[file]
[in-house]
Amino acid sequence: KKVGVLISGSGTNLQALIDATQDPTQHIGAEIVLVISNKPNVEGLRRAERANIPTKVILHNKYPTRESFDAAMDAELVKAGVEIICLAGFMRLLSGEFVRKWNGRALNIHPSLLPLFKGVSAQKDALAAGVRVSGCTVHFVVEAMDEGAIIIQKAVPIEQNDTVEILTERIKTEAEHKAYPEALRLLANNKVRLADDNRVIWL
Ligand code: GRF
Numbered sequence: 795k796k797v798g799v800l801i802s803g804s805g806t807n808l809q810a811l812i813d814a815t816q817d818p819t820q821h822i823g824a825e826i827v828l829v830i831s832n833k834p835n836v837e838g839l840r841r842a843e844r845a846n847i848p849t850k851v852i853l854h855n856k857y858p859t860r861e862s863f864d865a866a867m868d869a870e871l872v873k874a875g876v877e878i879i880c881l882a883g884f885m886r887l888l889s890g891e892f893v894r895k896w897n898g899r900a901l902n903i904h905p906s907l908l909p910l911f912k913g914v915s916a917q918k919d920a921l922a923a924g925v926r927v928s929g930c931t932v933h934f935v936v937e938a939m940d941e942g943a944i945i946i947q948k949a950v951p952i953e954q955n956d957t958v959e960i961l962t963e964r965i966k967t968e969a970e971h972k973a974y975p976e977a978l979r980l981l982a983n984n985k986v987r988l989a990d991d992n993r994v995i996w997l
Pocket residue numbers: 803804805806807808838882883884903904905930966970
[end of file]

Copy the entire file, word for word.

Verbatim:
[in-house]
Amino acid sequence: KKVGVLISGSGTNLQALIDATQDPTQHIGAEIVLVISNKPNVEGLRRAERANIPTKVILHNKYPTRESFDAAMDAELVKAGVEIICLAGFMRLLSGEFVRKWNGRALNIHPSLLPLFKGVSAQKDALAAGVRVSGCTVHFVVEAMDEGAIIIQKAVPIEQNDTVEILTERIKTEAEHKAYPEALRLLANNKVRLADDNRVIWL
Ligand code: GRF
Numbered sequence: 795k796k797v798g799v800l801i802s803g804s805g806t807n808l809q810a811l812i813d814a815t816q817d818p819t820q821h822i823g824a825e826i827v828l829v830i831s832n833k834p835n836v837e838g839l840r841r842a843e844r845a846n847i848p849t850k851v852i853l854h855n856k857y858p859t860r861e862s863f864d865a866a867m868d869a870e871l872v873k874a875g876v877e878i879i880c881l882a883g884f885m886r887l888l889s890g891e892f893v894r895k896w897n898g899r900a901l902n903i904h905p906s907l908l909p910l911f912k913g914v915s916a917q918k919d920a921l922a923a924g925v926r927v928s929g930c931t932v933h934f935v936v937e938a939m940d941e942g943a944i945i946i947q948k949a950v951p952i953e954q955n956d957t958v959e960i961l962t963e964r965i966k967t968e969a970e971h972k973a974y975p976e977a978l979r980l981l982a983n984n985k986v987r988l989a990d991d992n993r994v995i996w997l
Pocket residue numbers: 803804805806807808838882883884903904905930966970